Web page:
"The HPA is advising the hospital on outbreak control measures, and will continue to monitor MRSA infection nationally."

The PVL toxin is carried by less than 2% of the bacteria responsible for MRSA.

Although, it normally causes pus-producing skin infections, such as abscesses or boils, it can trigger more severe invasive infections such as septic arthritis, blood poisoning or a form of pneumonia.

Shadow health secretary, Andrew Lansley, said: "Over the last nine years there have been far too many cases where the government has allowed MRSA to become endemic.

"The inevitable result has been an evolving process leading to increased resistance to antibiotics.

"It is time for us to take on the threat of new and more dangerous bacteria."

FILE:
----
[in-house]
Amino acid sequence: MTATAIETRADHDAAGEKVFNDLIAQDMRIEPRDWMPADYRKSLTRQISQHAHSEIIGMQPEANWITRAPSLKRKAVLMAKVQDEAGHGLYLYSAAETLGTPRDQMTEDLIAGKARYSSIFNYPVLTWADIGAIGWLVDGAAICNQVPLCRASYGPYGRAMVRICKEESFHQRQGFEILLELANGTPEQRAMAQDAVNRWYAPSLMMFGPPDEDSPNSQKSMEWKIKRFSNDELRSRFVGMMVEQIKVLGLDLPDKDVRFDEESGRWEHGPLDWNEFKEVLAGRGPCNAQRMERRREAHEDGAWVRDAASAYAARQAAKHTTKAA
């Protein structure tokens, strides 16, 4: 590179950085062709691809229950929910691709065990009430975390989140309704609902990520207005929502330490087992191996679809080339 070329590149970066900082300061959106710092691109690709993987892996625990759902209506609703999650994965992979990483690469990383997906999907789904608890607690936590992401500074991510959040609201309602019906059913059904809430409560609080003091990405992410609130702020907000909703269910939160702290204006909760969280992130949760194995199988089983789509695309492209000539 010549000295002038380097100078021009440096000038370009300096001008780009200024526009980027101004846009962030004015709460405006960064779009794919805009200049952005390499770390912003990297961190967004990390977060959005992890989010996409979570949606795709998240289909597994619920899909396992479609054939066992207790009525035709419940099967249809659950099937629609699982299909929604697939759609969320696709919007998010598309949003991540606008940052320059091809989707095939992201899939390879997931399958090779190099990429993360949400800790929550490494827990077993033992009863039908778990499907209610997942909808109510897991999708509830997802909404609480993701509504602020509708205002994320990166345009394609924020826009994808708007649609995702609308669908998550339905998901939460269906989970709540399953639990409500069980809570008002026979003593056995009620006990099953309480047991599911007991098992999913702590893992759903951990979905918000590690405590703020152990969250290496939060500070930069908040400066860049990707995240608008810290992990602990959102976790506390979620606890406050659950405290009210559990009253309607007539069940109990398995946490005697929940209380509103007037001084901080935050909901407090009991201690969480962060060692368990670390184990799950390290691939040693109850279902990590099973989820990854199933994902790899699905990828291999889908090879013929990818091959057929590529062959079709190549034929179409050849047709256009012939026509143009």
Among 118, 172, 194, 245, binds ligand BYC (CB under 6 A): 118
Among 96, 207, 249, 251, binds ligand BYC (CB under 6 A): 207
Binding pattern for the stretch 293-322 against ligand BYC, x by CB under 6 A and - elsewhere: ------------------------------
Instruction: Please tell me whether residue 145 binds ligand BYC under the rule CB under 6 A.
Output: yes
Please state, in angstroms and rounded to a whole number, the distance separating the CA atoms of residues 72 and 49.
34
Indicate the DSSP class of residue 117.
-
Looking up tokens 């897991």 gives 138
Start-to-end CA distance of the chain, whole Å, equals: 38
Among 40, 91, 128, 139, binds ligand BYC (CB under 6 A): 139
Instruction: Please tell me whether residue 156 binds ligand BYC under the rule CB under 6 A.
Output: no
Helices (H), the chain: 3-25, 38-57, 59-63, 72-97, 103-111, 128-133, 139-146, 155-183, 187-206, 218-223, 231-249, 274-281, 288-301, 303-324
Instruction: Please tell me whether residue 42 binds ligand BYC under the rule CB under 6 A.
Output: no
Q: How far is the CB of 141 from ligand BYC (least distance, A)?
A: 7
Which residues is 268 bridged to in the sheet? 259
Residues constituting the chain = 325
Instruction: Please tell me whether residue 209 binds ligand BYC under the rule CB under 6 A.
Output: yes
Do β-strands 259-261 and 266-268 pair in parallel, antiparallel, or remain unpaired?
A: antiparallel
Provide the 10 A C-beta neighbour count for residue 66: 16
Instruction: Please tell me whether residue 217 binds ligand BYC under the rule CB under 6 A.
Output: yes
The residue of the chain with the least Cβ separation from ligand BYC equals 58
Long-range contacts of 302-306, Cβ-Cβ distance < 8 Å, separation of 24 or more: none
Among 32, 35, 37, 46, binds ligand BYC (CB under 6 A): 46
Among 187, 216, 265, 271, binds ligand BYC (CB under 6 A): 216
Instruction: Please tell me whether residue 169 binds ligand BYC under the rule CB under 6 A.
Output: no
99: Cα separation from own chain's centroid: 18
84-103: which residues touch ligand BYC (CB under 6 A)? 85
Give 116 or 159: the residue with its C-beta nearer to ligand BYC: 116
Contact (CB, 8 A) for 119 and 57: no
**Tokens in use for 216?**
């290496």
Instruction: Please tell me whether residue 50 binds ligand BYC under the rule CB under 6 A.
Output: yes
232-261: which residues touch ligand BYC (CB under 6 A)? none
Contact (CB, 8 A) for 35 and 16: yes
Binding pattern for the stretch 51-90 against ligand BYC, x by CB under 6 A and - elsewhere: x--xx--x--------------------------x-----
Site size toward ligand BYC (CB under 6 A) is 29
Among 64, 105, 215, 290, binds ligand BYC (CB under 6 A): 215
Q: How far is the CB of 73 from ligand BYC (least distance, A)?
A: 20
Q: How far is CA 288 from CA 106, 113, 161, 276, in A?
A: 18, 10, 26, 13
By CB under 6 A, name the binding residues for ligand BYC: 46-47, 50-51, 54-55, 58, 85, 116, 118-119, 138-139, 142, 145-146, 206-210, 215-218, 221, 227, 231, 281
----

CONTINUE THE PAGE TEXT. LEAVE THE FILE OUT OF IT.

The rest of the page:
Story from BBC NEWS:
http://news.bbc.co.uk/go/pr/fr/-/2/h...th/6188801.stm
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  #23  
Old 02-07-2007, 07:22 AM
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Harrison Harrison is offline
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I understand that some patients are being screened for MRSA in advance of their surgery. A q-tip swab of the inner nose is tested for staph (et al?) and if positive, the patient is prescribed antibiotics for five days.

I find it interesting that this practice is spotty, being offered in a handful of hospitals across the country.

Ahem, standards, anyone?!
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  #24  
Old 02-07-2007, 09:19 AM
Justin Justin is offline
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Harrison,